English 101 at STLCC: Second day of class

In my last post, I was pretty dissatisfied with the text I was given to teach from. I prefer texts that overtly support deconstruction of the assumptions inherent in any message. But this text did give me something to work with in Chapter One.

I was working with my students on how to take notes, which is far more analytical and deconstructionist an activity than most of them realized before class that day. The text gave us a model of how to approach a text:

  • Why? Why was this text written? What is its purpose?
  • Who? Who was this text written for?
  • What? What genre is it?
  • How? How (through which medium) will this text be accessed?

The text itself gave particular reasons to examine each of these questions.

  • Why? The purpose of the text determines which concepts will be emphasized.
  • Who? The audience of the text has certain needs, interests, and preferences.
  • What? Each genre has its own conventions, such as structure.
  • How? The medium through which the text will be accessed has its own conventions.

Because I wanted my students to understand that every text presents a particular view of the world, which privileges certain kinds of knowledge over others and either reinforces or challenges existing power dynamics, I asked my students to use those four questions to interrogate the textbook itself. With my guidance, this is what we came up with:

Why was this text written?

  • To teach us.
  • To help us understand how to write better.
  • To make money.
  • To help the professors who wrote it to get tenure.

Who was this text written for?

  • College students across the United States. Any college student who has to take a composition class. These two audience characteristics tell us that this textbook will cover the basics that are common to all comp classes in the United States. The conventions it teaches will be applicable to higher education in the United States, but not so much to university-level education in other countries.
  • This text uses words and concepts that are more tied to traditional classroom practice than to real life. This tells us that the intended audience is a more traditional type of college student, one who does not demand that what she or he is learning be immediately useful. Therefore, it is written primarily for students at four-year universities, and only marginally for community college students.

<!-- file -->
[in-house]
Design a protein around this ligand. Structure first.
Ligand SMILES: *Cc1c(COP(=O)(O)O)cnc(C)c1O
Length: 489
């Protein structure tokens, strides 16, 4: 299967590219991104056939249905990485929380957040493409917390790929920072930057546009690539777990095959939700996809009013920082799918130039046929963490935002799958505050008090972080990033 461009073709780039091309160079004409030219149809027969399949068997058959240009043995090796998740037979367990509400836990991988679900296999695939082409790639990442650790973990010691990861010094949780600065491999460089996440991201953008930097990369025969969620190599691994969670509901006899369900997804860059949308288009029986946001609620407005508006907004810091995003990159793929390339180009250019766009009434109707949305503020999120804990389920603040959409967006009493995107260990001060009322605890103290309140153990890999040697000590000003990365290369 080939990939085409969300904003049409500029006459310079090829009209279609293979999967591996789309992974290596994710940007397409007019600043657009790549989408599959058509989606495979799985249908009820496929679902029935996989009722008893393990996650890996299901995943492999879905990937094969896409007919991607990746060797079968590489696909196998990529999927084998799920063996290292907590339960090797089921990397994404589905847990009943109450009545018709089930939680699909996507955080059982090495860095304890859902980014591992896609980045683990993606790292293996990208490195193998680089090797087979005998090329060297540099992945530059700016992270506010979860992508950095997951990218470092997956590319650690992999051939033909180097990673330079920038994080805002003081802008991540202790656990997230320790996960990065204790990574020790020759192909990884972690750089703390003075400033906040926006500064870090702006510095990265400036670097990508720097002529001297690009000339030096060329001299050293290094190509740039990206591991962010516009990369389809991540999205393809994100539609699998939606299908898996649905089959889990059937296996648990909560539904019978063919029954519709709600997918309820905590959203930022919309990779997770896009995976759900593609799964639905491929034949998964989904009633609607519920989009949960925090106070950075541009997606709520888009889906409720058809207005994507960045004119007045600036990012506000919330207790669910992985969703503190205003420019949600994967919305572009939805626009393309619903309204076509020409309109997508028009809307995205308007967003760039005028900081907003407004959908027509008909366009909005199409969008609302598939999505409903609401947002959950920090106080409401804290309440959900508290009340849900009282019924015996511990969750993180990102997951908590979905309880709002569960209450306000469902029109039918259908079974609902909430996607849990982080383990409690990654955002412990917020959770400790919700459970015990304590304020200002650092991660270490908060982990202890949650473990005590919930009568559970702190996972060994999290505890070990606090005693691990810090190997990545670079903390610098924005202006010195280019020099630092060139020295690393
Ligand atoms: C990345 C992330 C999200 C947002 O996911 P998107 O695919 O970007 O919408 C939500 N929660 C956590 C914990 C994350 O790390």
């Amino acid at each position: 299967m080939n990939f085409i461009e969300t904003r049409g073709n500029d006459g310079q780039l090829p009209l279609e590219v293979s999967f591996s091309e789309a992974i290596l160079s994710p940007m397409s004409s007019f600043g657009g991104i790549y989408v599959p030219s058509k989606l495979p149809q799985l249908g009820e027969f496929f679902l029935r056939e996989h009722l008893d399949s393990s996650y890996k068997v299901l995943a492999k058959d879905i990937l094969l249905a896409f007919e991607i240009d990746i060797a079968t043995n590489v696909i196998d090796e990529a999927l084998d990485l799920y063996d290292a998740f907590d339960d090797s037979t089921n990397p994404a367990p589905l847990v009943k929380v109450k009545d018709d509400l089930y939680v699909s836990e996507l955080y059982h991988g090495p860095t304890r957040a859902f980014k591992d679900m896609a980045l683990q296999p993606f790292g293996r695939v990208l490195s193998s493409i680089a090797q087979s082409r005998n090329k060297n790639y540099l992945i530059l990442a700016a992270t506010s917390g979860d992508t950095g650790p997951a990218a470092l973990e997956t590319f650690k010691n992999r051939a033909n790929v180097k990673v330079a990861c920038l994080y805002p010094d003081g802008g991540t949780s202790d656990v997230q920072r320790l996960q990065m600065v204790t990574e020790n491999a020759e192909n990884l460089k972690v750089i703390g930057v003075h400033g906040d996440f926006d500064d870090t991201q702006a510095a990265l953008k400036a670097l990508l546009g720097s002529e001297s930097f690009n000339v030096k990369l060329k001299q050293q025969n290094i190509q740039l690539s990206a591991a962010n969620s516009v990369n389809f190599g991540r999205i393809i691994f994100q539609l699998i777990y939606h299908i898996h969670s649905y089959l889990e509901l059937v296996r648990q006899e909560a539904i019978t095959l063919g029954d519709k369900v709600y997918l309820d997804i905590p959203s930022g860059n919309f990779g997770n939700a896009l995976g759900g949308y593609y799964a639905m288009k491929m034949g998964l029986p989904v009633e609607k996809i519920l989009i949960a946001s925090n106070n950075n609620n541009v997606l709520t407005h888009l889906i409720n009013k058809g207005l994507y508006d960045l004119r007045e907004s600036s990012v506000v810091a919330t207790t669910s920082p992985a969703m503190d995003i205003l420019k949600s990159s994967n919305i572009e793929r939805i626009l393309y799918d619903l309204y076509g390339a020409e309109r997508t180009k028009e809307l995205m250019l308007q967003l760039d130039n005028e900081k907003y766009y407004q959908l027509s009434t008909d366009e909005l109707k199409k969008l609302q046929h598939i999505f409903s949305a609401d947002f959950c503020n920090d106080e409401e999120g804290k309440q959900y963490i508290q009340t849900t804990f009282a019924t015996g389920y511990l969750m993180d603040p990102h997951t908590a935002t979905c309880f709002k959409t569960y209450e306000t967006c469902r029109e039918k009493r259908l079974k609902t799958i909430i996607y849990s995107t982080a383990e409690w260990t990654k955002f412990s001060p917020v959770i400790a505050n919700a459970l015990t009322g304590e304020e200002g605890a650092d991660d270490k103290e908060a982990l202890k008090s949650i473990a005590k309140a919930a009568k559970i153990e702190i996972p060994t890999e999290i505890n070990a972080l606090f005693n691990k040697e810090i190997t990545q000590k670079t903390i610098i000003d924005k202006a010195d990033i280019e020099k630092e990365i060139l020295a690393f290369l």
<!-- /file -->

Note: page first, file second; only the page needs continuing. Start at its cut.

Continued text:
What genre is it?

  • This is a textbook. Although real life is not divided up into subject areas (for example, if you make cookies from a recipe, you are having an English experience, a math experience, and a chemistry experience all at the same time), textbooks deal with a clearly defined subject that is divided into chapters, which are divided up into sections, which are further divided up into paragraphs.
  • The first and last paragraphs of a chapter or section are especially important, because they summarize what will be explained and then tell you why it is important.
  • Textbooks use chapter titles, section headers, topic sentences, and bolded and italicized text to signal to the reader how the information is divided up and which parts of it are most important.
  • Textbooks also use diagrams and charts to present a lot of important information in a way that is easily accessible.
  • This means that when we are pressed for time or when we are taking notes, if we pay more attention to these structural conventions that carry the most significance, we can understand the content of the text and its importance a lot faster.

How will this text be accessed?

  • A text can be accessed in hardcopy (printed out), online, and in audio, as well as other ways. Each mode makes access easier for some people and harder for others.
  • This textbook is a hardcopy with some supplementary materials that can be accessed online. In order to use this textbook, you have to buy it. So, primarily people with money to buy this text can access it.
  • We didn’t talk about questions of ability and disability in relation to mode of access, but I will make a point of doing so in a future class.

Overall, I am very pleased with how class went. The students seemed to get information out of the discussion that can be used for notetaking and for planning and constructing their own texts, such as the personal narratives and essays we are working on in this first unit.

In class, I used two songs as examples of personal narrative: Gloria Gaynor’s disco-era classic, “I Will Survive,” and a swing band revival number by The Blues Jumpers, “Good Morning, Judge,” which we deconstructed using the Why? Who? What? How? questions. I also provided them with a number of examples of student work and professional work in the genre of personal story/essay: student papers, memoirs excerpts and previews, and stand-up comedy recordings from the BBC and the CBC (Canadian Broadcasting Corporation). I gave them their homework related to these examples verbally, telling them to use their notetaking skills to write it down it as exactly as possible. Then I sent this email as a follow-up:

  1. Read or listen to two examples of personal narrative or personal essay from the several I gave you on Blackboard.
  2. Before you start, predict in writing what to expect from this genre: structure, purpose, who does it, who is supposed to read or listen to it, etc.
  3. After you are finished reading or listening to each example, write down how you think you personally could make use of this genre. What could you say? To whom would you say it? What could you accomplish?
  4. Now, look at what you wrote down in class to help you remember this assignment. How close did you get?

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